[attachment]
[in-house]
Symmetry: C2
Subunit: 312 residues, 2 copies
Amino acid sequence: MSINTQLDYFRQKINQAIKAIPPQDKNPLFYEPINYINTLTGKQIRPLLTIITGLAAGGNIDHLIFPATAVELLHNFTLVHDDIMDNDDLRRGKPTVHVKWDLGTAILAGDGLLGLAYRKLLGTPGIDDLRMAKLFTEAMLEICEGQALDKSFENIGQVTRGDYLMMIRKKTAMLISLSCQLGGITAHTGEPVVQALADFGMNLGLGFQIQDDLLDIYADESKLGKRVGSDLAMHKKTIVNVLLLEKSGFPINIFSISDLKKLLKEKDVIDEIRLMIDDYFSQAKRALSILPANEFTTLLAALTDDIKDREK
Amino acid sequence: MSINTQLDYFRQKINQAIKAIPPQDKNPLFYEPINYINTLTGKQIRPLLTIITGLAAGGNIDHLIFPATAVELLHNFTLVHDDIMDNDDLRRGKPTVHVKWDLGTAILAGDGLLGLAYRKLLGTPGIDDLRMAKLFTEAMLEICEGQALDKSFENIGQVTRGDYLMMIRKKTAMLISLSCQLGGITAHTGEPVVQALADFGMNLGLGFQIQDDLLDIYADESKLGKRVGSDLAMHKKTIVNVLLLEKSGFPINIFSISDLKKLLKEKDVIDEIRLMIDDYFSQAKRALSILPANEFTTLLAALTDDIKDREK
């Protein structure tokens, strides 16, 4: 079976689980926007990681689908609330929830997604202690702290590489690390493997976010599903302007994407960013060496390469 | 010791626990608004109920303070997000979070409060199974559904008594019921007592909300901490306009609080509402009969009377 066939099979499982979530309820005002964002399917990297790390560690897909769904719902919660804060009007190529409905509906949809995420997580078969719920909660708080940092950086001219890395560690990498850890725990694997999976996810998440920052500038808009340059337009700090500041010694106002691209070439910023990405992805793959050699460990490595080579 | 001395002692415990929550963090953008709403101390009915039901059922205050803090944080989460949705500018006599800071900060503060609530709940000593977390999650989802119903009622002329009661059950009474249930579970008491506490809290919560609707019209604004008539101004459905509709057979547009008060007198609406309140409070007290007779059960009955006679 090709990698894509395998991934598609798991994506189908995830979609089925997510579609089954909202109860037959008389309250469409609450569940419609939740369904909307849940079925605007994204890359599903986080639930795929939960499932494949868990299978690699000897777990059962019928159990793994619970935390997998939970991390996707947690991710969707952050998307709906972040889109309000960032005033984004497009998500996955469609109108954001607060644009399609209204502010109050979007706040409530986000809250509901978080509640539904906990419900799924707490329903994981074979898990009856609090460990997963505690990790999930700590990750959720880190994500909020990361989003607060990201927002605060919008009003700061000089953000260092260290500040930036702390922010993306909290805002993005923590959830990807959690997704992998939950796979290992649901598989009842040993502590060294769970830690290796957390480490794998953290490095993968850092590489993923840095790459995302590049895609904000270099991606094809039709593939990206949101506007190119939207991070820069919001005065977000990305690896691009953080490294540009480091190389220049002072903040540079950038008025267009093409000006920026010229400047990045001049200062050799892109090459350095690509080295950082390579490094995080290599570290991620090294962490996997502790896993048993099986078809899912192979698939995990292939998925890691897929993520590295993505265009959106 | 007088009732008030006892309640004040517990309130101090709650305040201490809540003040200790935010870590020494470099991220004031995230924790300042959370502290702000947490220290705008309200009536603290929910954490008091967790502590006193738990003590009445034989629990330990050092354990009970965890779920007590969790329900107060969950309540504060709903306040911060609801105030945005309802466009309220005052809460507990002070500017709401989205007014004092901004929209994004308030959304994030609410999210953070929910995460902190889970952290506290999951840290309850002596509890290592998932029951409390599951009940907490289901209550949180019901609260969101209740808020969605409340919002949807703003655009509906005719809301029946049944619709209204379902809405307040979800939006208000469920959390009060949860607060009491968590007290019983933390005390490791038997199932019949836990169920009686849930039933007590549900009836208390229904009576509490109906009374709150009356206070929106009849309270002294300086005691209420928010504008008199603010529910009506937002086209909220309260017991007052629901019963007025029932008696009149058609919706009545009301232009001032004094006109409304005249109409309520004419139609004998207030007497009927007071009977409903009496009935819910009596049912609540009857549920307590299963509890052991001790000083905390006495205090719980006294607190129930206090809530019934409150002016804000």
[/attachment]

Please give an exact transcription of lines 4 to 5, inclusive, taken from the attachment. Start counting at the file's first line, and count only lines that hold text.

Amino acid sequence: MSINTQLDYFRQKINQAIKAIPPQDKNPLFYEPINYINTLTGKQIRPLLTIITGLAAGGNIDHLIFPATAVELLHNFTLVHDDIMDNDDLRRGKPTVHVKWDLGTAILAGDGLLGLAYRKLLGTPGIDDLRMAKLFTEAMLEICEGQALDKSFENIGQVTRGDYLMMIRKKTAMLISLSCQLGGITAHTGEPVVQALADFGMNLGLGFQIQDDLLDIYADESKLGKRVGSDLAMHKKTIVNVLLLEKSGFPINIFSISDLKKLLKEKDVIDEIRLMIDDYFSQAKRALSILPANEFTTLLAALTDDIKDREK
Amino acid sequence: MSINTQLDYFRQKINQAIKAIPPQDKNPLFYEPINYINTLTGKQIRPLLTIITGLAAGGNIDHLIFPATAVELLHNFTLVHDDIMDNDDLRRGKPTVHVKWDLGTAILAGDGLLGLAYRKLLGTPGIDDLRMAKLFTEAMLEICEGQALDKSFENIGQVTRGDYLMMIRKKTAMLISLSCQLGGITAHTGEPVVQALADFGMNLGLGFQIQDDLLDIYADESKLGKRVGSDLAMHKKTIVNVLLLEKSGFPINIFSISDLKKLLKEKDVIDEIRLMIDDYFSQAKRALSILPANEFTTLLAALTDDIKDREK